As a couple of other large MFIs planned their own IPOs, something unthinkable happened in Andhra Pradesh, India's biggest market for microcredit. In a populist move by politicians, the state government stepped in with an ordinance that took this sector by the neck, effectively allowing borrowers not to repay their loans, and curbing any further microlending. While the overheated AP turf could always have imploded by itself, the government shut down the industry overnight, bringing down repayments from 99% to 15-20%. Lending institutions started defaulting on their own loans from mainstream banks, and millions of poor borrowers who were accorded the status of "defaulters" by microfinance credit bureaus shall face unfavourable terms and possibly rejection when applying for loans in the future. A problem that needed to be treated with a scalpel was attacked with an axe.

The Andhra shakeup, tyrannical as it was, did lead to churn in the sector. The past two years have seen the sector take a hard look within itself and attempt to restore some of its lost dignity. This is reflected in the fact that the SOS only carried a single chapter on the mission of microfinance and social performance management (SPM) until last year. SOS 2011 was accompanied by a completely new publication from ACCESS, The Social Performance Report, which examined corrective measures by the microfinance industry in a post-AP-ordinance India, and attempted to bolster its public image.

Post-Andhra is a different world indeed, for MFIs as well as borrowers, who would have numbered beyond 100 million by now had the pre-Andhra momentum been sustained. While SOS 2011 was all about the crisis and its impact, the 2012 report talks about promising developments for the clients beyond lip service. Microfinance in India is finally moving beyond core microcredit and now provides a variety of products and services in new areas such as savings, healthcare and sanitation, microinsurance, and even housing, and financial literacy efforts are gaining ground as well.

he report also tries to make a strong link with the public policy environment in India and provides inputs for in-depth understanding of the operational climate for microfinance and its relation with the government's flagship schemes and efforts for poverty alleviation, hinting that the Reserve Bank of India may be considering microfinance as an integral part of its mechanisms for financial inclusion. Besides well-researched and well-analysed commentary on the industry, the report also reviews various research studies and writings by microfinance experts and stakeholders globally, most notably the Banana Skin Survey 2012. SOS also identifies existing knowledge gaps that require further research, statistical efforts, and empirical backing.

Vendors use solar powered lights at an open air evening market in Ahmedabad on 10 September, 2009.

The Social Performance Report (SPR) thus picks up on one of these gaps. While many Indian MFIs had publicly claimed having a double bottom line, they had never really been held accountable on an objective basis. SPR thus documents the sector's rediscovered emphasis on social impact, client protection, and is an account of the cleansing effort by Indian microfinance to go back to its roots in eliminating poverty and empowerment of low-income clients.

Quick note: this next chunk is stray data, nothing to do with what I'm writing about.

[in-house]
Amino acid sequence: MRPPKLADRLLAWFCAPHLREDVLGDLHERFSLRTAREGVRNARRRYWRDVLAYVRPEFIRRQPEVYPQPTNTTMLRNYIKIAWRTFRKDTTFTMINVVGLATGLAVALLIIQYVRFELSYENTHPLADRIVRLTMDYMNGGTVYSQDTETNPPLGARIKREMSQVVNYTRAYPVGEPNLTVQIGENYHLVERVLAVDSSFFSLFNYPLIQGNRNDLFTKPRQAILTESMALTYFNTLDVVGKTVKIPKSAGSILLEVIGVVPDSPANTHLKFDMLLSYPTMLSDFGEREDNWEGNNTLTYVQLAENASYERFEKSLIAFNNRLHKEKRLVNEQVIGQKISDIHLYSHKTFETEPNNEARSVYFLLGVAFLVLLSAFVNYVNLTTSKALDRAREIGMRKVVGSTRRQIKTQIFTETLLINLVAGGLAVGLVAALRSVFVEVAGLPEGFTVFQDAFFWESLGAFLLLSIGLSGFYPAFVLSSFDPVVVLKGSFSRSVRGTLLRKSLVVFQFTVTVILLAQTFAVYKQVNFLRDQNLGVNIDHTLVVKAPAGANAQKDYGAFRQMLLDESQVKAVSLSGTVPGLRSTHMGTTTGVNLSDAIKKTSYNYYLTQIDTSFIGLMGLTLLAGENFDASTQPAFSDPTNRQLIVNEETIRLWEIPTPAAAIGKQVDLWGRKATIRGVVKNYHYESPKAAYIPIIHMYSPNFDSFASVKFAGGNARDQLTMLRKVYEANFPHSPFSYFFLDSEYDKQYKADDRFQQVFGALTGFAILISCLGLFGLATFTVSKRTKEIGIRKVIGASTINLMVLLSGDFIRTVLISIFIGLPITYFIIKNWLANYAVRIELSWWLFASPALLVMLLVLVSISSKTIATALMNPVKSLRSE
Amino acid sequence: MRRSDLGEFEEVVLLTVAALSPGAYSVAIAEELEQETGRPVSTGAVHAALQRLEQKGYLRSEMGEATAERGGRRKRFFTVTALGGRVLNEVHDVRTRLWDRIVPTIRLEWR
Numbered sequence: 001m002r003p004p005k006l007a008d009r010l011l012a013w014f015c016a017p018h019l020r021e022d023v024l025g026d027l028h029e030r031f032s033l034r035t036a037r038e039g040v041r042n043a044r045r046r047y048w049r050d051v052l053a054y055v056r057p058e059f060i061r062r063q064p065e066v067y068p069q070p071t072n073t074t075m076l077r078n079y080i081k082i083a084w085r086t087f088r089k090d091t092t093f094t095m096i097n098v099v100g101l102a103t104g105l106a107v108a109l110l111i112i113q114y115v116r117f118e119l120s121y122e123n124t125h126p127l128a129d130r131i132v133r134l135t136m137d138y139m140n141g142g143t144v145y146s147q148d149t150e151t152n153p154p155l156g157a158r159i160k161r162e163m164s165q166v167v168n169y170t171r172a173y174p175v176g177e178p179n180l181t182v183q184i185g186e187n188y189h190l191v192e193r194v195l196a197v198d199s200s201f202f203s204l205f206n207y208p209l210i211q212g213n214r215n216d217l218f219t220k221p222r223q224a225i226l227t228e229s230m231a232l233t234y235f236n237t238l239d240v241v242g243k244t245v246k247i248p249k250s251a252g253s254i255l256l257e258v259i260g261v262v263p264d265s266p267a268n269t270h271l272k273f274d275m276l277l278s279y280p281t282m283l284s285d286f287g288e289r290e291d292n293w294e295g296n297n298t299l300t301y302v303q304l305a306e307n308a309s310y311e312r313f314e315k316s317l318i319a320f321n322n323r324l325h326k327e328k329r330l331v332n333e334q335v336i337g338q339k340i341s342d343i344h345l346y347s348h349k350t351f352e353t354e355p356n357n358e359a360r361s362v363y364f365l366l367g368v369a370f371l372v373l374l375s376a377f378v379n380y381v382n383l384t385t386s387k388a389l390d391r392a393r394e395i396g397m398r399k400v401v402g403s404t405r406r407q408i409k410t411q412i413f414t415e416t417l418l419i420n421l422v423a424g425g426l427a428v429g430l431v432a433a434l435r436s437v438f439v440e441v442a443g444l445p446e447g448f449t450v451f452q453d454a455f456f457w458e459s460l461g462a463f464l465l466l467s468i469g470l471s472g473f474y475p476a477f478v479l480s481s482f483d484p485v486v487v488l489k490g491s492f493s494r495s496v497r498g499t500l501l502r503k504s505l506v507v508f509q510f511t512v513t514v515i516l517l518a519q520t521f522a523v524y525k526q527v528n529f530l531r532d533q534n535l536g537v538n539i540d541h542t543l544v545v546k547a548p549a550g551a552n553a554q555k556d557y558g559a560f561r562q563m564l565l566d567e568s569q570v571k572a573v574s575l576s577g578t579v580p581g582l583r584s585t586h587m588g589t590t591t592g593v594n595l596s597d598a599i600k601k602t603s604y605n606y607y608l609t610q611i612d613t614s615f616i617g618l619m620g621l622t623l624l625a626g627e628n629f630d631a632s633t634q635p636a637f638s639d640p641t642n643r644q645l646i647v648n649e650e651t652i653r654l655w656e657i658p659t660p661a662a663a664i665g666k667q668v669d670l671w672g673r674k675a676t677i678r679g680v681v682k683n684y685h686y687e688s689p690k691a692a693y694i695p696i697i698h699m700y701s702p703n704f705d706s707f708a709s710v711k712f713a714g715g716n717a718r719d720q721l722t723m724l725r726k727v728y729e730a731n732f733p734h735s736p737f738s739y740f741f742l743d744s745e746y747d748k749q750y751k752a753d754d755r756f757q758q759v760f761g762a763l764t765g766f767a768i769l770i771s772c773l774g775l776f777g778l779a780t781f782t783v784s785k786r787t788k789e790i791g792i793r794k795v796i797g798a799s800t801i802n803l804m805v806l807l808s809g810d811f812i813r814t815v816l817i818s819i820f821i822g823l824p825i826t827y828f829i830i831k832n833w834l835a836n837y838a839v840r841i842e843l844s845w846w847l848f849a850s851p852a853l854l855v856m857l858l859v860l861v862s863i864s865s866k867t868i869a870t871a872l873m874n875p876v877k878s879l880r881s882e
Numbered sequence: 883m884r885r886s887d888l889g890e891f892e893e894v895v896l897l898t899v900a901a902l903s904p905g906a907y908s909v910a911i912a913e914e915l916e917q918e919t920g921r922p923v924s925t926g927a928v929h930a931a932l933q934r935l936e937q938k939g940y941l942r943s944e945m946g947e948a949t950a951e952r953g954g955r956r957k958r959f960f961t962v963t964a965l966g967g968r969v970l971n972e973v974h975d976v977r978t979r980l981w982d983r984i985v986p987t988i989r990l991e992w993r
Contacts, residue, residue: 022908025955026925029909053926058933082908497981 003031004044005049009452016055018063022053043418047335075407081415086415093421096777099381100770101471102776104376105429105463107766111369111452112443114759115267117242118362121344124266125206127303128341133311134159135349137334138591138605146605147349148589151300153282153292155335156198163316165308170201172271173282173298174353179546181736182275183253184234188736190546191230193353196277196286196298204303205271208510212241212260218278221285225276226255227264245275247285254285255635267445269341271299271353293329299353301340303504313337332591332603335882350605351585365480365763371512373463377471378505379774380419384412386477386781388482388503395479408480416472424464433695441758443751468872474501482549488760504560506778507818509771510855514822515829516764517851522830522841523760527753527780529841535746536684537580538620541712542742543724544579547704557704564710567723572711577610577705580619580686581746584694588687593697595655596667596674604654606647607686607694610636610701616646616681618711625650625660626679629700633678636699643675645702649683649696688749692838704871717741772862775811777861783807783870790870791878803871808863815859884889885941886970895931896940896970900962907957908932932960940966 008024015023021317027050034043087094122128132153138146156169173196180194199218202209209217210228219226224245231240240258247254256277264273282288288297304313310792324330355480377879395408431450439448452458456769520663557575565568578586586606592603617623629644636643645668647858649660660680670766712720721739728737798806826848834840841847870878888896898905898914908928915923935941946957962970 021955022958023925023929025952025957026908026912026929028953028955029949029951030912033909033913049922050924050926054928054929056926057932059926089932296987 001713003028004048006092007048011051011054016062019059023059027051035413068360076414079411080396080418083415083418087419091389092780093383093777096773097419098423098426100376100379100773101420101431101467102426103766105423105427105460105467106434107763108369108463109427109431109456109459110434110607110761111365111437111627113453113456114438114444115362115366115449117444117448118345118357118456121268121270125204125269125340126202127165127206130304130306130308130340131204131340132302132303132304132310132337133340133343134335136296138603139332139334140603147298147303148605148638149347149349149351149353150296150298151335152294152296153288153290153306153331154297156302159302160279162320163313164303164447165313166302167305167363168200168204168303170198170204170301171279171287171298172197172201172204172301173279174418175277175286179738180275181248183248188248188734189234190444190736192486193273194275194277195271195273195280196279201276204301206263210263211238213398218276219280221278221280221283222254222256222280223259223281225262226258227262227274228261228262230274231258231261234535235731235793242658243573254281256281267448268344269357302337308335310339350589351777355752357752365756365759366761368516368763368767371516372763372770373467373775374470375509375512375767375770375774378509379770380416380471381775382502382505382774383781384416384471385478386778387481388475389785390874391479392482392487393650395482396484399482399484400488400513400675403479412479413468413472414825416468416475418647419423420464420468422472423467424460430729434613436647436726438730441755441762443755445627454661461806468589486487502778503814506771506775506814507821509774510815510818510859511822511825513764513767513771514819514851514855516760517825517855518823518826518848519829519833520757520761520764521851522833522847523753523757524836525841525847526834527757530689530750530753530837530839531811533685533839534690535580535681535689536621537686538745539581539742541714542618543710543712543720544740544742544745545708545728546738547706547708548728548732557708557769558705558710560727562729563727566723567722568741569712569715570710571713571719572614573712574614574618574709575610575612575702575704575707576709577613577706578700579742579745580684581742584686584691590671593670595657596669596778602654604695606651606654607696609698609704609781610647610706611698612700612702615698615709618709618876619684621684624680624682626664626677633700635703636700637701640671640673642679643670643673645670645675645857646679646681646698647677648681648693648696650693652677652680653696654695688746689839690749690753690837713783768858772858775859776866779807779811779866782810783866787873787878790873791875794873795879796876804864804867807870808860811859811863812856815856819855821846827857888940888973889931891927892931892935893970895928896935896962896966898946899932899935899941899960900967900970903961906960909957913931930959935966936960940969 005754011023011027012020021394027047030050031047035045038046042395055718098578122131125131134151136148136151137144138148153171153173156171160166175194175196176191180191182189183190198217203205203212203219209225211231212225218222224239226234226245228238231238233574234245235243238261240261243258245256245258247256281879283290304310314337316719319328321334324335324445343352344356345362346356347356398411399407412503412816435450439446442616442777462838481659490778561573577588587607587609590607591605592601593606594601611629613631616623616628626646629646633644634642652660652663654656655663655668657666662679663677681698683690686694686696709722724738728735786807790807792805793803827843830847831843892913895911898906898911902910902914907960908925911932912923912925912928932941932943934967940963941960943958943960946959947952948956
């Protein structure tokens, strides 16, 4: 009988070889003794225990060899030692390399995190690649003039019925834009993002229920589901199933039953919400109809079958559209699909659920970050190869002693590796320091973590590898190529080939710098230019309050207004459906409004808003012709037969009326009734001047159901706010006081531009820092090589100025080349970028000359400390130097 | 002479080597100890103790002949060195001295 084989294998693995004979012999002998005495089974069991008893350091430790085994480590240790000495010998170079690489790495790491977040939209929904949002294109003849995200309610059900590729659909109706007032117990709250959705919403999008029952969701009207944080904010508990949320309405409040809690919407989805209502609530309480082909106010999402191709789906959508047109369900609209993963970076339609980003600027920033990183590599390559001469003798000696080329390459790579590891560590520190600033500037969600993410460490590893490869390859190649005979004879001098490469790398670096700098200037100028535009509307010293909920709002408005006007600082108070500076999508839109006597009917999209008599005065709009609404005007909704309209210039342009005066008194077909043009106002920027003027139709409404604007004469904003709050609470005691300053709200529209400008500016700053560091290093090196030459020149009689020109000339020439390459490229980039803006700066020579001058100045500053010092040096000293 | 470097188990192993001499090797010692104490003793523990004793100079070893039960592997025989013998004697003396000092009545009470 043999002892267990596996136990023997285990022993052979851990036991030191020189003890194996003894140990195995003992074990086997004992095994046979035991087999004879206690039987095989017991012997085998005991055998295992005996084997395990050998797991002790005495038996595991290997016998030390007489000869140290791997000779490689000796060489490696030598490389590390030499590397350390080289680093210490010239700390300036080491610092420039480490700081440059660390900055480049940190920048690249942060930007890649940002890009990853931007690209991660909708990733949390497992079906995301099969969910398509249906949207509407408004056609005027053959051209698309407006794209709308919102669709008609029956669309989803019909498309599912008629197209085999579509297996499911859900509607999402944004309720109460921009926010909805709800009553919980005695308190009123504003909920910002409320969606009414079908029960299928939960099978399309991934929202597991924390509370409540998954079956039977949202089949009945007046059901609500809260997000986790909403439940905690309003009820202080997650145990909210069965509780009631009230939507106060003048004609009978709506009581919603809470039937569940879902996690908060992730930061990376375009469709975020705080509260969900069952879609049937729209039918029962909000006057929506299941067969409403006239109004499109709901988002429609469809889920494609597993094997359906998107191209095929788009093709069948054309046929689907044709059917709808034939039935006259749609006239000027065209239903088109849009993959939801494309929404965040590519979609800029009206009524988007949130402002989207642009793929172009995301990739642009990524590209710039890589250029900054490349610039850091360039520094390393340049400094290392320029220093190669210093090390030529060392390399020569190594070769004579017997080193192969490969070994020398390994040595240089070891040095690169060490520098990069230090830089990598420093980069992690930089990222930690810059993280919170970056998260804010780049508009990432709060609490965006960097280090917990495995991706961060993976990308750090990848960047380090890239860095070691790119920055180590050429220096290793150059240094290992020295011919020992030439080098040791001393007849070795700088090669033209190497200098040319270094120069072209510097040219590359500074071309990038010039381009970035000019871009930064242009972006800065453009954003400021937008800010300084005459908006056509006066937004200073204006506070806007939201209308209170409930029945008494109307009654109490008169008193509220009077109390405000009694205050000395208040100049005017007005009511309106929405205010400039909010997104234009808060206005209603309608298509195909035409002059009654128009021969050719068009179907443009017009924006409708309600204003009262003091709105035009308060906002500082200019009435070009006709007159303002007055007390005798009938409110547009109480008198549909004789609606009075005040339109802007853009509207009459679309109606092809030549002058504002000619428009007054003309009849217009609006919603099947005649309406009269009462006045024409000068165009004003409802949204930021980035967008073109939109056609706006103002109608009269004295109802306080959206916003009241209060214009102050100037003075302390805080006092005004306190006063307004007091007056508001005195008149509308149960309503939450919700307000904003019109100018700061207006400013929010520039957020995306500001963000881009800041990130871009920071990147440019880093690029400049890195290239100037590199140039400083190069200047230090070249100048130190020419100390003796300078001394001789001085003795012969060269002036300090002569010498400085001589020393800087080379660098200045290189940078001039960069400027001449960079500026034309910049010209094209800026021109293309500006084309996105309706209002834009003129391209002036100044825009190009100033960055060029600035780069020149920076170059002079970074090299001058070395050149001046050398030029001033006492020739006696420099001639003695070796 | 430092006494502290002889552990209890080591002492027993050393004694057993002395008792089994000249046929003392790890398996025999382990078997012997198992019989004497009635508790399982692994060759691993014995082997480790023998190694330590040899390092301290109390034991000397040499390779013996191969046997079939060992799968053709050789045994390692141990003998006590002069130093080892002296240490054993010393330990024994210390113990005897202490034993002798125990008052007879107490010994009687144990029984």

The Report rejoices in announcing "Finally customers at the core," and tries to justify this using impact data. MFIs have participated by painstakingly collecting and sharing client data, partly to defend investors and funders, and partly due to pressure from RBI. That said, only about 23% Indian MFIs registered with the Micro Finance Information Exchange (MIX) submitted the required data, possibly due to a lack of robust Management Information Systems. This data is fed into frameworks and tools which spit out indices and measures of social performance. For example, the Grameen Foundation's Progress out of Poverty Index (PPI) uses ten non-financial indicators such as family size, the number of children attending school, the type of housing, and access to drinking water and serves as a baseline from which client movement out of poverty is measured.

Nevertheless, social metrics still remain poorly defined, and even if frameworks like PPI become ubiquitous and see vast improvements, the benchmarks still remain contentious. When a metric as simple as the Poverty Line has been defined by various groups at such different levels, doing the same in the presence of profiteering opportunities and vested interests is a challenging exercise.

Muhammad Yunus (centre), Grameen Bank representative Mosammat Taslima Begum and chairman of the Norwegian Nobel PeacePrize Committee, Ole Danbolt Mjoes (left) enjoy a dance performance during an award ceremony at Oslo Town Hall on 10 December 2006

In any case, MFIs are finally moving beyond the business of finance to improving the quality of life and wellbeing for the poor. A prominent funder now refuses to support institutions where the CEO earns more than 20 times a field officer. Discussions around SPM are leading to scrutiny of the social promise made by MFI founders and promoters in objective terms.

Both the reports point to the maturity of the sector, as evidenced by a scientific and rigorous approach replacing the hoopla of yesterday and an increased emphasis on accountability. Gaps in technology still need to be covered, and the sector will have to grapple with issues regarding balance in social responsibility and profit-making for a long time. Girija Srinivasan ends the Social Performance Report with a quote by the father of modern economics himself, reminding the sector of its roots at the confluence of business and social welfare.

It is not from the benevolence of the butcher, the brewer, or the baker, that we expect our dinner, but from their regard to their own interest.

— Adam Smith

Shrey Goyal is a part of the Grameen Creative Lab team building the social business movement in India. The article expresses the authors' personal views and does not represent the opinions of any affiliate organisation. The author can be found on twitter at @ShreyGoyal and can be contacted at This e-mail address is being protected from spambots. You need JavaScript enabled to view it .